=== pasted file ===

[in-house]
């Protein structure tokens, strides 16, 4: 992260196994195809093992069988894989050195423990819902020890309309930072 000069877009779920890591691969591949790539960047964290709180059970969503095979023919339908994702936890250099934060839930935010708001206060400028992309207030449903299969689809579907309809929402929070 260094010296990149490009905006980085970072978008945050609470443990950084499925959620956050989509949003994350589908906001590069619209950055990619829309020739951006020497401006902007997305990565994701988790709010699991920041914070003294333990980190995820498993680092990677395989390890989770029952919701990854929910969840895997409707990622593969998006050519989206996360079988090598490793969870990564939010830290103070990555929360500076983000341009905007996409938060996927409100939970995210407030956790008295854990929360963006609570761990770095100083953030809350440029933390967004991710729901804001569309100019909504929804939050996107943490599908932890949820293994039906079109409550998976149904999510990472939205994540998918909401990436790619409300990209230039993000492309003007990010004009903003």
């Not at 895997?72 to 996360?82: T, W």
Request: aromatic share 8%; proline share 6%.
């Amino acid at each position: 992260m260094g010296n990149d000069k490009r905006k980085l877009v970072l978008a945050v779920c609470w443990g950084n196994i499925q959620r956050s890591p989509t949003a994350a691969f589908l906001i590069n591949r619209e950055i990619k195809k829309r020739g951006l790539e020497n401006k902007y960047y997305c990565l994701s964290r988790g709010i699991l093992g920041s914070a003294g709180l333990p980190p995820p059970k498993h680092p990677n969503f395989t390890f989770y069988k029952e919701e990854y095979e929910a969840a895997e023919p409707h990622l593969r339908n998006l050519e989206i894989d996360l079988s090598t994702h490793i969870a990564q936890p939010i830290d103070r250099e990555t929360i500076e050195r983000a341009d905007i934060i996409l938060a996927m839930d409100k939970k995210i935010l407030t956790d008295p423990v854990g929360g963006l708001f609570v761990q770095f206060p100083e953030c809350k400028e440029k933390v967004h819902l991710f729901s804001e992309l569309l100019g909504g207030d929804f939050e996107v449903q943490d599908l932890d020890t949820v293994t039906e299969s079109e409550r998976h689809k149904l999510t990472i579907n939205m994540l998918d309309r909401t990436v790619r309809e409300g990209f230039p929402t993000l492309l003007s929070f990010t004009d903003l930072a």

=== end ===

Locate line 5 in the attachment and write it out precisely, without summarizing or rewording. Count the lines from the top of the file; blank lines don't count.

């Amino acid at each position: 992260m260094g010296n990149d000069k490009r905006k980085l877009v970072l978008a945050v779920c609470w443990g950084n196994i499925q959620r956050s890591p989509t949003a994350a691969f589908l906001i590069n591949r619209e950055i990619k195809k829309r020739g951006l790539e020497n401006k902007y960047y997305c990565l994701s964290r988790g709010i699991l093992g920041s914070a003294g709180l333990p980190p995820p059970k498993h680092p990677n969503f395989t390890f989770y069988k029952e919701e990854y095979e929910a969840a895997e023919p409707h990622l593969r339908n998006l050519e989206i894989d996360l079988s090598t994702h490793i969870a990564q936890p939010i830290d103070r250099e990555t929360i500076e050195r983000a341009d905007i934060i996409l938060a996927m839930d409100k939970k995210i935010l407030t956790d008295p423990v854990g929360g963006l708001f609570v761990q770095f206060p100083e953030c809350k400028e440029k933390v967004h819902l991710f729901s804001e992309l569309l100019g909504g207030d929804f939050e996107v449903q943490d599908l932890d020890t949820v293994t039906e299969s079109e409550r998976h689809k149904l999510t990472i579907n939205m994540l998918d309309r909401t990436v790619r309809e409300g990209f230039p929402t993000l492309l003007s929070f990010t004009d903003l930072a």